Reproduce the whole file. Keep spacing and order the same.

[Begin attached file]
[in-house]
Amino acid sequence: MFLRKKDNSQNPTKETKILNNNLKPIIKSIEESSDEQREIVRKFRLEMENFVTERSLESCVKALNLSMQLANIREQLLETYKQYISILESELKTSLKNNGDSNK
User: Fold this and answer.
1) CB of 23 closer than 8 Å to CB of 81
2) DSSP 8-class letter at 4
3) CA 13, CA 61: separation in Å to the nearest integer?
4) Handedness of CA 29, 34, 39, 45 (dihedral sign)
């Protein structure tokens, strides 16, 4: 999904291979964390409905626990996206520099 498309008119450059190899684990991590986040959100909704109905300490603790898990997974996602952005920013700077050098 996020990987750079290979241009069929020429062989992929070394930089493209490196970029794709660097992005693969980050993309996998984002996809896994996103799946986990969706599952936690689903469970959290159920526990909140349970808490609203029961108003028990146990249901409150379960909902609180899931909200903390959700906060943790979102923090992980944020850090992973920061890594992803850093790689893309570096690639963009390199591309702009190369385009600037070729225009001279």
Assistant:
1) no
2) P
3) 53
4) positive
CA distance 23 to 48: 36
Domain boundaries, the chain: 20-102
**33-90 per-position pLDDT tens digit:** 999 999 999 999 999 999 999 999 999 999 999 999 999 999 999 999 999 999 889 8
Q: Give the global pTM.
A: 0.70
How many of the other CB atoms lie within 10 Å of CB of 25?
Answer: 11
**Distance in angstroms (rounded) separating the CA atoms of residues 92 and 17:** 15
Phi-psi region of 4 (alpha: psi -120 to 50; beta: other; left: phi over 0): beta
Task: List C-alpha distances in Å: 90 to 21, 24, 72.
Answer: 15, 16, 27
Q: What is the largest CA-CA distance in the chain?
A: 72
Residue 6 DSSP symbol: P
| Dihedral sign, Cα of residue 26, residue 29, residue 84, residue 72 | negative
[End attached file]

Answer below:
[in-house]
Amino acid sequence: MFLRKKDNSQNPTKETKILNNNLKPIIKSIEESSDEQREIVRKFRLEMENFVTERSLESCVKALNLSMQLANIREQLLETYKQYISILESELKTSLKNNGDSNK
User: Fold this and answer.
1) CB of 23 closer than 8 Å to CB of 81
2) DSSP 8-class letter at 4
3) CA 13, CA 61: separation in Å to the nearest integer?
4) Handedness of CA 29, 34, 39, 45 (dihedral sign)
């Protein structure tokens, strides 16, 4: 999904291979964390409905626990996206520099 498309008119450059190899684990991590986040959100909704109905300490603790898990997974996602952005920013700077050098 996020990987750079290979241009069929020429062989992929070394930089493209490196970029794709660097992005693969980050993309996998984002996809896994996103799946986990969706599952936690689903469970959290159920526990909140349970808490609203029961108003028990146990249901409150379960909902609180899931909200903390959700906060943790979102923090992980944020850090992973920061890594992803850093790689893309570096690639963009390199591309702009190369385009600037070729225009001279």
Assistant:
1) no
2) P
3) 53
4) positive
CA distance 23 to 48: 36
Domain boundaries, the chain: 20-102
**33-90 per-position pLDDT tens digit:** 999 999 999 999 999 999 999 999 999 999 999 999 999 999 999 999 999 999 889 8
Q: Give the global pTM.
A: 0.70
How many of the other CB atoms lie within 10 Å of CB of 25?
Answer: 11
**Distance in angstroms (rounded) separating the CA atoms of residues 92 and 17:** 15
Phi-psi region of 4 (alpha: psi -120 to 50; beta: other; left: phi over 0): beta
Task: List C-alpha distances in Å: 90 to 21, 24, 72.
Answer: 15, 16, 27
Q: What is the largest CA-CA distance in the chain?
A: 72
Residue 6 DSSP symbol: P
| Dihedral sign, Cα of residue 26, residue 29, residue 84, residue 72 | negative